We talked to Pro-Staffer and tv host Chasten Whitfield to talk about her favorite rods, reels, baits and more for red fish, snook and tarpon.
Your fishing gear is hardly everything, but it can mean the difference between a fish in your hand and an explosion of graphite littering the bottom of your boat.
We love gear and the opportunities it opens up for us, but with new rods, reels and lures coming out at ICAST every year, it can be hard to keep up with great additions your favorite companies are putting out.
To keep up with some of the best gear we checked in with Fishbrain Pro Staffer Chasten Whitfield and which gear setups she is using. Chasten is an inshore in the Tampa Bay area and a saltwater fanatic regularly targeting redfish, snook and tarpon.
Chasten’s new show on the Sportsman’s Channel, Their Life My Lenshas her taking her favorite rods, reels and lures and putting them in the hands of kids with special needs and limitations, trying to get them interested in the outdoors and fishing. This means all her gear choices have to get the job done, but be forgiving enough for that a child can cast and set the hook with them.
Chasten’s go to rods are the Penn Battalion series.
“These are great for any inshore fishing. I use them all the way from really light/fast size for inshore fishing for redfish, snook and snapper all the way up to tarpon fishing,” Chasten said.
These rods can handle everything inshore and are responsive enough for the hands of a kid. When it comes time to chase bigger prey, Chasten sticks with the Battalion by upgrading to a heavy/extra heavy model that can handle tarpon. Regardless of which size rod she is casting, she says the Battalion is a super light, yet powerful inshore rod.
Bait, lures and hooks
Saltwater fishing is often all about live and natural baits, but earlier in the season, during the cooler weather, lures were proving quite effective and the Berkley Gulp Shrimp did the trick.
The saltwater shrimp lure, looks, feels like and even smells like a real shrimp and the fish think the same thing. One of these, on a steady and slow retrieve in cool weather is enough to convince a snook, or redfish that is usually lure weary. The smell and taste of a bait can be incredibly important when saltwater fishing and Berkley’s Gulp Shrimp will release 400 times more potent fish attractors than others.
When the temps rose and the weather became predictably warmer, Chasten was back to throwing live shrimpon either a one ought, or two ought Mustad circle hook.
Circle hooks are her go to when using live bait. Circle hooks are a conservation minded angler’s best friend as they help prevent fish from swallowing baits, or deep hooking themselves, allowing more fish to swim away free. The one and two oughts are perfect for redfish, snook jacks and other inshore species, but the higher grade hooks are more than enough for tarpon and grouper.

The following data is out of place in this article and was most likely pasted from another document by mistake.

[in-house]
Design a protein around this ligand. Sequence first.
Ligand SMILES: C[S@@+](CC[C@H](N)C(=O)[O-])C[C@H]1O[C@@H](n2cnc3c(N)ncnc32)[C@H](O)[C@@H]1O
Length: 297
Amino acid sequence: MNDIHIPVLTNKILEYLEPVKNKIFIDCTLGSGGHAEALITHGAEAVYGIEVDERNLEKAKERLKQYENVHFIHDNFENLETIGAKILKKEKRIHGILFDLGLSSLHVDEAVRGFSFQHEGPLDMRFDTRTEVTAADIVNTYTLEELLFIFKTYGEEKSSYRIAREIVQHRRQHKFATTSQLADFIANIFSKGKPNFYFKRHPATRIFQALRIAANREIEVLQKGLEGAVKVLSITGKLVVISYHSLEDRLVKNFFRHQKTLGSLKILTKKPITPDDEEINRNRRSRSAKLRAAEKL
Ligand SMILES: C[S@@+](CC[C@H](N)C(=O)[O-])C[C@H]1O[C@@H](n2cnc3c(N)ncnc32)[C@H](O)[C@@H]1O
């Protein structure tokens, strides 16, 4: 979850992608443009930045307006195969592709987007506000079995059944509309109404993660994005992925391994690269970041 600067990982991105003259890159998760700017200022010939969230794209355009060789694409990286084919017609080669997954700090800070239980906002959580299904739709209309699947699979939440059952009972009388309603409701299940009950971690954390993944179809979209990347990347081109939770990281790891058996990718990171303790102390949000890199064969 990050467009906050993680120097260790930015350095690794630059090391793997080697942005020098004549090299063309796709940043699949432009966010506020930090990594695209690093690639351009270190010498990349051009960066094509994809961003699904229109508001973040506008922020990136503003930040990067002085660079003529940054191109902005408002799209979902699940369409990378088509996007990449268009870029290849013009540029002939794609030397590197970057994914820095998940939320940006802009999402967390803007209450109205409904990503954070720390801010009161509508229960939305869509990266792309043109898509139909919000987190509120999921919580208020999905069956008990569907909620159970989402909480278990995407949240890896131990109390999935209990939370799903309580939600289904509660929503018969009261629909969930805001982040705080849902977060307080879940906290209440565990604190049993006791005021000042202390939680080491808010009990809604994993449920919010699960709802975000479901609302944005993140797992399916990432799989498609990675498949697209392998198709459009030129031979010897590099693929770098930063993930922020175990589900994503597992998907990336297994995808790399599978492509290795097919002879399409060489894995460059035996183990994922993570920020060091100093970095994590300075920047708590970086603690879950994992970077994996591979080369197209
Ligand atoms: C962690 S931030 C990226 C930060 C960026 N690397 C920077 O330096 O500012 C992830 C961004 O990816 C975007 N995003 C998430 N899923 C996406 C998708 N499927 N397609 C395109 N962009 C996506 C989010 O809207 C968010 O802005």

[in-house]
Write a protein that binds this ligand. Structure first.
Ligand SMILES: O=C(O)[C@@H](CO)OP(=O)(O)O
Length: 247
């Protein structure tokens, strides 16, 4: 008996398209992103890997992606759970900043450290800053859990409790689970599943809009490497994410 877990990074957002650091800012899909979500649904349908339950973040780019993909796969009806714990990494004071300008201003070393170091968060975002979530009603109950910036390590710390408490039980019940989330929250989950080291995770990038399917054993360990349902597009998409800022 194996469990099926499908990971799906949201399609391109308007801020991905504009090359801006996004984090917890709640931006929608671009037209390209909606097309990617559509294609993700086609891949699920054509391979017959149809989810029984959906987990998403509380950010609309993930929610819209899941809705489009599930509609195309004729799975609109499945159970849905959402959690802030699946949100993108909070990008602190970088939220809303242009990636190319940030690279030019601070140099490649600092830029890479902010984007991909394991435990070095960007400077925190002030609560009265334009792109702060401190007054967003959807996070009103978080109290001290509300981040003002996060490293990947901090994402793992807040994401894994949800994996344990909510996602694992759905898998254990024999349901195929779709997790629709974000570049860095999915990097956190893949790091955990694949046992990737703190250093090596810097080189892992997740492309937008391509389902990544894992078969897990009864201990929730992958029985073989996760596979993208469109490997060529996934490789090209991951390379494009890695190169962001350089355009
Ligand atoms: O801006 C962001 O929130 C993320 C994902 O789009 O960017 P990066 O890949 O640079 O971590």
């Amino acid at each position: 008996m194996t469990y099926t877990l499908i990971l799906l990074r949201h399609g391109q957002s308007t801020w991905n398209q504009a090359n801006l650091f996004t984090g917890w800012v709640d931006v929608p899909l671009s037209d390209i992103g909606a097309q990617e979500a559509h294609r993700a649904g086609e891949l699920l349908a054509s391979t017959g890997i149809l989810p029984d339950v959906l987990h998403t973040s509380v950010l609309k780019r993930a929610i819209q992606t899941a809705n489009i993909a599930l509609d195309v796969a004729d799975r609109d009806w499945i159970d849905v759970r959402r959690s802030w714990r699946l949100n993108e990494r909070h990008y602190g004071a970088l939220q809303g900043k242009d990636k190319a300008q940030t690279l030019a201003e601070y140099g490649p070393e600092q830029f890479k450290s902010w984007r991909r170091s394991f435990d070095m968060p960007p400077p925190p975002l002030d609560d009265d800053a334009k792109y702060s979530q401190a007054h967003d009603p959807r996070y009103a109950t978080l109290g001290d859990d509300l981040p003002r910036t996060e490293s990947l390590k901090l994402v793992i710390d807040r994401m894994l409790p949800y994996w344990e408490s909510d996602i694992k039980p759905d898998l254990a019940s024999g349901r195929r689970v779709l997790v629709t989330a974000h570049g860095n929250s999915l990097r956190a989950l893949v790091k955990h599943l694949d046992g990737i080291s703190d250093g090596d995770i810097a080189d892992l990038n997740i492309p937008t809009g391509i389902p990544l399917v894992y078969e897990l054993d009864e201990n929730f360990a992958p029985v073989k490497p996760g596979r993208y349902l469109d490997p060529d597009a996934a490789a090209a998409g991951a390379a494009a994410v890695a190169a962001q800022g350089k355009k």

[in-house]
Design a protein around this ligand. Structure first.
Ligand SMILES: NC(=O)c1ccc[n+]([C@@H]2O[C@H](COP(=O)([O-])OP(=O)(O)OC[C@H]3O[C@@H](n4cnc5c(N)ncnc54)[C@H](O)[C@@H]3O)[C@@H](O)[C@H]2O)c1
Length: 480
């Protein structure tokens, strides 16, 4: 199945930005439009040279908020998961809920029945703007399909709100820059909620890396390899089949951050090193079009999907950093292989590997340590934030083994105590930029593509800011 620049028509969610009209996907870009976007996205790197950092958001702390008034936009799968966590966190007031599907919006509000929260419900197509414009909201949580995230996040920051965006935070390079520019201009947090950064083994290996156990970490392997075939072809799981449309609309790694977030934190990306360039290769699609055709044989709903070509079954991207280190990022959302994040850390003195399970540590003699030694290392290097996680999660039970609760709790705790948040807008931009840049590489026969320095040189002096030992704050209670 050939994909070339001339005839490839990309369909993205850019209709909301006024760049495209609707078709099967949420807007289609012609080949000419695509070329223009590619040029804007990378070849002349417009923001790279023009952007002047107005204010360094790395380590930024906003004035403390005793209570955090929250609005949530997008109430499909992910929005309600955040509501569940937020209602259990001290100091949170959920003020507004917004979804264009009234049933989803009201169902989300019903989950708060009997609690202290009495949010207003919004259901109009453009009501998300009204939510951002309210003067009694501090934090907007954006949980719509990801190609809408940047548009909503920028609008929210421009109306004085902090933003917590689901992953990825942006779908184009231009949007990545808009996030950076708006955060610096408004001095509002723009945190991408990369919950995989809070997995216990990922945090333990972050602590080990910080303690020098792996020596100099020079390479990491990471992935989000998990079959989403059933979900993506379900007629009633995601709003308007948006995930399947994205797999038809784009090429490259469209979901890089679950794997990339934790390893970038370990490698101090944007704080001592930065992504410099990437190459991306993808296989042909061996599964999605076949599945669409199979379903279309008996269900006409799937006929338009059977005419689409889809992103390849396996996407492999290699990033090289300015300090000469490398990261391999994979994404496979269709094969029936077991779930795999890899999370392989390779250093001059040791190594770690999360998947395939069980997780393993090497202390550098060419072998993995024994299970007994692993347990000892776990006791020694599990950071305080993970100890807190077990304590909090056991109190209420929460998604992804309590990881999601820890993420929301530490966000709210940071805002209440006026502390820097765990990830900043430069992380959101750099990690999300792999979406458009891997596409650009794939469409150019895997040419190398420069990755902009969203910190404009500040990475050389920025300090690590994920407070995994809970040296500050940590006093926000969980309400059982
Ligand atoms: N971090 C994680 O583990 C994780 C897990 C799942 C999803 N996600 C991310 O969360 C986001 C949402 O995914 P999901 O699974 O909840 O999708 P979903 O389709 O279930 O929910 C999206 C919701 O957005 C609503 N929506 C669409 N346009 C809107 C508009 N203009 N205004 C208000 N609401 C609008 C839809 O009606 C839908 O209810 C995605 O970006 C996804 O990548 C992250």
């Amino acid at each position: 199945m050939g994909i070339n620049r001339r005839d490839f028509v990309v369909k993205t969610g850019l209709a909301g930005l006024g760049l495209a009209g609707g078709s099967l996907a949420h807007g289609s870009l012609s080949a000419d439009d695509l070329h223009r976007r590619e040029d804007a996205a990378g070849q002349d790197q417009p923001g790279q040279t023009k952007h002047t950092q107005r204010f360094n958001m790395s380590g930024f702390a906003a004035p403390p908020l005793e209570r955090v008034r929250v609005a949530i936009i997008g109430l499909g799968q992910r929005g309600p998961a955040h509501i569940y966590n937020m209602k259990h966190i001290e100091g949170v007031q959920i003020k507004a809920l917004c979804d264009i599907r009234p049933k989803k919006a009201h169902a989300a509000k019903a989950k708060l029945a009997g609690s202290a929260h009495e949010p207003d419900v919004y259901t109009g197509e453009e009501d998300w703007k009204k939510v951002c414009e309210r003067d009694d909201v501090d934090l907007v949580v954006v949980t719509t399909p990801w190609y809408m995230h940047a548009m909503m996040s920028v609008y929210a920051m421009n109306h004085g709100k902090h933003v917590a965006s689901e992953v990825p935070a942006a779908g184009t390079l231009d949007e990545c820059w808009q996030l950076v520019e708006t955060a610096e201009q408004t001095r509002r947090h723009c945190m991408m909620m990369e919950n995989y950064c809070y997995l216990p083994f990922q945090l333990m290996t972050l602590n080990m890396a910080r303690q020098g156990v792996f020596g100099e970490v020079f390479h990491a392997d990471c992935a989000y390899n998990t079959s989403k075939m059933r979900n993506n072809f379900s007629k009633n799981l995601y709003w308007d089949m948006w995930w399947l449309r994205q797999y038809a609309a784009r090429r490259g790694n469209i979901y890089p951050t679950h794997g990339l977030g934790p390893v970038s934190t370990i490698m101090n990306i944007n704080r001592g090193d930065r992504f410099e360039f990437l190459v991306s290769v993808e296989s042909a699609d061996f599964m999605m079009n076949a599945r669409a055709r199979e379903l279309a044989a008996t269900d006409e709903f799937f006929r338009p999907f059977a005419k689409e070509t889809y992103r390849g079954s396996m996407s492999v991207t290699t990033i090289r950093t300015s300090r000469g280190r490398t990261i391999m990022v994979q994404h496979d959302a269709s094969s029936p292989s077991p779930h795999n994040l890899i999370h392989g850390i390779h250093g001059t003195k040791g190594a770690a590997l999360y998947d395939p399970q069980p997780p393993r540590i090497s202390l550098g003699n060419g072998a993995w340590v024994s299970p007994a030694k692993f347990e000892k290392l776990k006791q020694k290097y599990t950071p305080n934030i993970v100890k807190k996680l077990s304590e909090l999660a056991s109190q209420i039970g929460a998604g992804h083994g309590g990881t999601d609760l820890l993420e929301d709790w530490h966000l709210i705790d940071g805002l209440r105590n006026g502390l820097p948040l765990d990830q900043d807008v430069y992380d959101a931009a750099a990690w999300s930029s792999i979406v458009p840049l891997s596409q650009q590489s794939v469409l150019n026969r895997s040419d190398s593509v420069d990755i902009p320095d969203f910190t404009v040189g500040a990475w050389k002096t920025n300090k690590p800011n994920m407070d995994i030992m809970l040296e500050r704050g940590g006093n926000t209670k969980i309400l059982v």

Line choices can be intimidating, but are paramount to fighting strong fish in abrasive environments. Chasten runs 15-20 pound Spiderwire braided line for inshore snook and redfish. The braided line is strong enough to fight most inshore species regardless of size, but gives you enough strength to pull a fish out of a mangrove, or stop a hard run. As an added bonus, Chasten will tie on a 20 pound fluorocarbon leader onto her braid for an extra bit of strength. The fluorocarbon is also more clear than braided line, offering a more stealthy presentation to line shy fish.
Tarpon line and setup
“For tarpon I go big because I'm not trying to get my butt kicked.”
On a heavy Penn Battalion Chasten runs 40-50 pound braided spiderwire,with up to an 80 pound fluorocarbon leader attached with a double uni knot. Strength is the name of the game with tarpon and this setup does the trick.
On the end of her line, she ties on a seven ought Mustad circle hook baited with crab.
For inshore spin fishing Chasten attaches a Penn Slammer 3500-4500 onto her Battalion for redfish and snook. The fully enclosed reel prevents salt and other debris from getting into the reel and the drag is more than enough to handle redfish and snook runs.
For tarpon she upgrades to a 5500-6500 Slammer, allowing for more than enough line for those epic tarpon runs.
Saltwater fishing can be brutal on your equipment. The fish are stronger, the salt is corrosive, and the weather is unpredictable. Your gear can make or break your success inshore and off.. Make sure you have the best gear that will rise to the occasion when you have that fish of a lifetime on the other end of your line.
Make sure to check out all of Chasten’s catches on the Fishbrain App and don’t miss a moment of her new show Their Life My Lens, on the Sportsman’s Channel.
Now let’s go fishing. We'll bring some fancy new gear.
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